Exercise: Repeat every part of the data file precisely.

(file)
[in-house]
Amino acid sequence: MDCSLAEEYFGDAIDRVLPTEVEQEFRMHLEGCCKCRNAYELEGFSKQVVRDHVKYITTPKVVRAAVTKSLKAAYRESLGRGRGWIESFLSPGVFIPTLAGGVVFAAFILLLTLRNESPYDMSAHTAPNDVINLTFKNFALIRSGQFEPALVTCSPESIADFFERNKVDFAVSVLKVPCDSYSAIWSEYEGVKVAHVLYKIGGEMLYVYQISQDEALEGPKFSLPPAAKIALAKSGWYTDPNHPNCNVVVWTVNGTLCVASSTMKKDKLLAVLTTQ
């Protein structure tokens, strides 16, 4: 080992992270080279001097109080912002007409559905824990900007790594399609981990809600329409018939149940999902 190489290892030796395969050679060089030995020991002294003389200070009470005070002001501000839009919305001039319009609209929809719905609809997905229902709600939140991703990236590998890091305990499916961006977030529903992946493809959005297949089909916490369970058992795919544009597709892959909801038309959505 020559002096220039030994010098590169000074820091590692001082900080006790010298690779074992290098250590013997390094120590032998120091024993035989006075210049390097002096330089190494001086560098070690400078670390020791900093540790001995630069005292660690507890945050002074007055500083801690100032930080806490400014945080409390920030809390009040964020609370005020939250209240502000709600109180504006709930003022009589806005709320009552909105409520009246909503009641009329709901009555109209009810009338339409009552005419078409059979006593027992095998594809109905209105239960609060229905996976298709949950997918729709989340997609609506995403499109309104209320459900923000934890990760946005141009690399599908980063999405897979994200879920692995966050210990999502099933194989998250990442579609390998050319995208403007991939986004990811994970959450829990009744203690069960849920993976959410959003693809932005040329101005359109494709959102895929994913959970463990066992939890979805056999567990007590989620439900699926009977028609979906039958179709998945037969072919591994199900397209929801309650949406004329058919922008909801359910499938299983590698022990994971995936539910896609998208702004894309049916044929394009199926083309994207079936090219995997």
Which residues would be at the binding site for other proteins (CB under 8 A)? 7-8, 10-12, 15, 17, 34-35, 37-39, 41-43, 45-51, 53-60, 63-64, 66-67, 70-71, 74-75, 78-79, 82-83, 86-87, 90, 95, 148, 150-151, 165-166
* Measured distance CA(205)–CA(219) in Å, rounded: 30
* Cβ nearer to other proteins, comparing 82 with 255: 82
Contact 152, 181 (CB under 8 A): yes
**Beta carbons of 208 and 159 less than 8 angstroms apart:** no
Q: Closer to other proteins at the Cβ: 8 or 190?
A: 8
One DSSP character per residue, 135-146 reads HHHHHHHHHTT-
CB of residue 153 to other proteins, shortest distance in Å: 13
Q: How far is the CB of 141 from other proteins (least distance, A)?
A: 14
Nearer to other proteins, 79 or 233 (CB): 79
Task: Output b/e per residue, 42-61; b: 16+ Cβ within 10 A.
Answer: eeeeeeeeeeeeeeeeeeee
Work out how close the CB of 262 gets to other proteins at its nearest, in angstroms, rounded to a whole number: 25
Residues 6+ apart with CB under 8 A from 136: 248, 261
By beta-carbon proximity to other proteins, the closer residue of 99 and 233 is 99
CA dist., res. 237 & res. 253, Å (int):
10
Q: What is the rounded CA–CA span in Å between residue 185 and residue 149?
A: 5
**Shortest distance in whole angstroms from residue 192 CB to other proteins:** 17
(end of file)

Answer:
[in-house]
Amino acid sequence: MDCSLAEEYFGDAIDRVLPTEVEQEFRMHLEGCCKCRNAYELEGFSKQVVRDHVKYITTPKVVRAAVTKSLKAAYRESLGRGRGWIESFLSPGVFIPTLAGGVVFAAFILLLTLRNESPYDMSAHTAPNDVINLTFKNFALIRSGQFEPALVTCSPESIADFFERNKVDFAVSVLKVPCDSYSAIWSEYEGVKVAHVLYKIGGEMLYVYQISQDEALEGPKFSLPPAAKIALAKSGWYTDPNHPNCNVVVWTVNGTLCVASSTMKKDKLLAVLTTQ
């Protein structure tokens, strides 16, 4: 080992992270080279001097109080912002007409559905824990900007790594399609981990809600329409018939149940999902 190489290892030796395969050679060089030995020991002294003389200070009470005070002001501000839009919305001039319009609209929809719905609809997905229902709600939140991703990236590998890091305990499916961006977030529903992946493809959005297949089909916490369970058992795919544009597709892959909801038309959505 020559002096220039030994010098590169000074820091590692001082900080006790010298690779074992290098250590013997390094120590032998120091024993035989006075210049390097002096330089190494001086560098070690400078670390020791900093540790001995630069005292660690507890945050002074007055500083801690100032930080806490400014945080409390920030809390009040964020609370005020939250209240502000709600109180504006709930003022009589806005709320009552909105409520009246909503009641009329709901009555109209009810009338339409009552005419078409059979006593027992095998594809109905209105239960609060229905996976298709949950997918729709989340997609609506995403499109309104209320459900923000934890990760946005141009690399599908980063999405897979994200879920692995966050210990999502099933194989998250990442579609390998050319995208403007991939986004990811994970959450829990009744203690069960849920993976959410959003693809932005040329101005359109494709959102895929994913959970463990066992939890979805056999567990007590989620439900699926009977028609979906039958179709998945037969072919591994199900397209929801309650949406004329058919922008909801359910499938299983590698022990994971995936539910896609998208702004894309049916044929394009199926083309994207079936090219995997």
Which residues would be at the binding site for other proteins (CB under 8 A)? 7-8, 10-12, 15, 17, 34-35, 37-39, 41-43, 45-51, 53-60, 63-64, 66-67, 70-71, 74-75, 78-79, 82-83, 86-87, 90, 95, 148, 150-151, 165-166
* Measured distance CA(205)–CA(219) in Å, rounded: 30
* Cβ nearer to other proteins, comparing 82 with 255: 82
Contact 152, 181 (CB under 8 A): yes
**Beta carbons of 208 and 159 less than 8 angstroms apart:** no
Q: Closer to other proteins at the Cβ: 8 or 190?
A: 8
One DSSP character per residue, 135-146 reads HHHHHHHHHTT-
CB of residue 153 to other proteins, shortest distance in Å: 13
Q: How far is the CB of 141 from other proteins (least distance, A)?
A: 14
Nearer to other proteins, 79 or 233 (CB): 79
Task: Output b/e per residue, 42-61; b: 16+ Cβ within 10 A.
Answer: eeeeeeeeeeeeeeeeeeee
Work out how close the CB of 262 gets to other proteins at its nearest, in angstroms, rounded to a whole number: 25
Residues 6+ apart with CB under 8 A from 136: 248, 261
By beta-carbon proximity to other proteins, the closer residue of 99 and 233 is 99
CA dist., res. 237 & res. 253, Å (int):
10
Q: What is the rounded CA–CA span in Å between residue 185 and residue 149?
A: 5
**Shortest distance in whole angstroms from residue 192 CB to other proteins:** 17